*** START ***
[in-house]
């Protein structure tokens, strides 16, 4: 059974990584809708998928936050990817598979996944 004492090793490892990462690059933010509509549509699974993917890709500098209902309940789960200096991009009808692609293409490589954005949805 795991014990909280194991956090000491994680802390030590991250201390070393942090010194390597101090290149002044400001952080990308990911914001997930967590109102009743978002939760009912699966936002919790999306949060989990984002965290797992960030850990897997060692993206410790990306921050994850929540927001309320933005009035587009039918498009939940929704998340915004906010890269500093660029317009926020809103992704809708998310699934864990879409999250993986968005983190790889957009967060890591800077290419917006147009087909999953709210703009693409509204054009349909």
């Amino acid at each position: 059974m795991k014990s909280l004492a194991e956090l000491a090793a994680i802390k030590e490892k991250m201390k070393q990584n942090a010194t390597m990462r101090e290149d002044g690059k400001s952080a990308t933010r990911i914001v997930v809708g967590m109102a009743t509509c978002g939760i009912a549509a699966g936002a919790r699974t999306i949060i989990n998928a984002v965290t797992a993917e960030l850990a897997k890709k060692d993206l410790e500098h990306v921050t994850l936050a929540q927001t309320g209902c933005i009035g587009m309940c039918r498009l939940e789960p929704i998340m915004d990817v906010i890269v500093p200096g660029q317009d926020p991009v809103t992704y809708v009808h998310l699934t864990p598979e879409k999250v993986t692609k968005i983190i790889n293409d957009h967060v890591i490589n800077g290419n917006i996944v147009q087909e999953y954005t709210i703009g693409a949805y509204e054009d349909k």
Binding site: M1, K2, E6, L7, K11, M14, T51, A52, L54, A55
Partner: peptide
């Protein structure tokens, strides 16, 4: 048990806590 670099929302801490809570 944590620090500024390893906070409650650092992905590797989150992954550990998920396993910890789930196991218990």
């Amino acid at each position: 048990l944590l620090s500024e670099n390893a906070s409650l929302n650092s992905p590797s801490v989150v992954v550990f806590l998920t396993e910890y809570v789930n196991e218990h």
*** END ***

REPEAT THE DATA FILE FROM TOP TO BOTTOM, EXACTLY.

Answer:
[in-house]
């Protein structure tokens, strides 16, 4: 059974990584809708998928936050990817598979996944 004492090793490892990462690059933010509509549509699974993917890709500098209902309940789960200096991009009808692609293409490589954005949805 795991014990909280194991956090000491994680802390030590991250201390070393942090010194390597101090290149002044400001952080990308990911914001997930967590109102009743978002939760009912699966936002919790999306949060989990984002965290797992960030850990897997060692993206410790990306921050994850929540927001309320933005009035587009039918498009939940929704998340915004906010890269500093660029317009926020809103992704809708998310699934864990879409999250993986968005983190790889957009967060890591800077290419917006147009087909999953709210703009693409509204054009349909």
């Amino acid at each position: 059974m795991k014990s909280l004492a194991e956090l000491a090793a994680i802390k030590e490892k991250m201390k070393q990584n942090a010194t390597m990462r101090e290149d002044g690059k400001s952080a990308t933010r990911i914001v997930v809708g967590m109102a009743t509509c978002g939760i009912a549509a699966g936002a919790r699974t999306i949060i989990n998928a984002v965290t797992a993917e960030l850990a897997k890709k060692d993206l410790e500098h990306v921050t994850l936050a929540q927001t309320g209902c933005i009035g587009m309940c039918r498009l939940e789960p929704i998340m915004d990817v906010i890269v500093p200096g660029q317009d926020p991009v809103t992704y809708v009808h998310l699934t864990p598979e879409k999250v993986t692609k968005i983190i790889n293409d957009h967060v890591i490589n800077g290419n917006i996944v147009q087909e999953y954005t709210i703009g693409a949805y509204e054009d349909k």
Binding site: M1, K2, E6, L7, K11, M14, T51, A52, L54, A55
Partner: peptide
């Protein structure tokens, strides 16, 4: 048990806590 670099929302801490809570 944590620090500024390893906070409650650092992905590797989150992954550990998920396993910890789930196991218990």
């Amino acid at each position: 048990l944590l620090s500024e670099n390893a906070s409650l929302n650092s992905p590797s801490v989150v992954v550990f806590l998920t396993e910890y809570v789930n196991e218990h």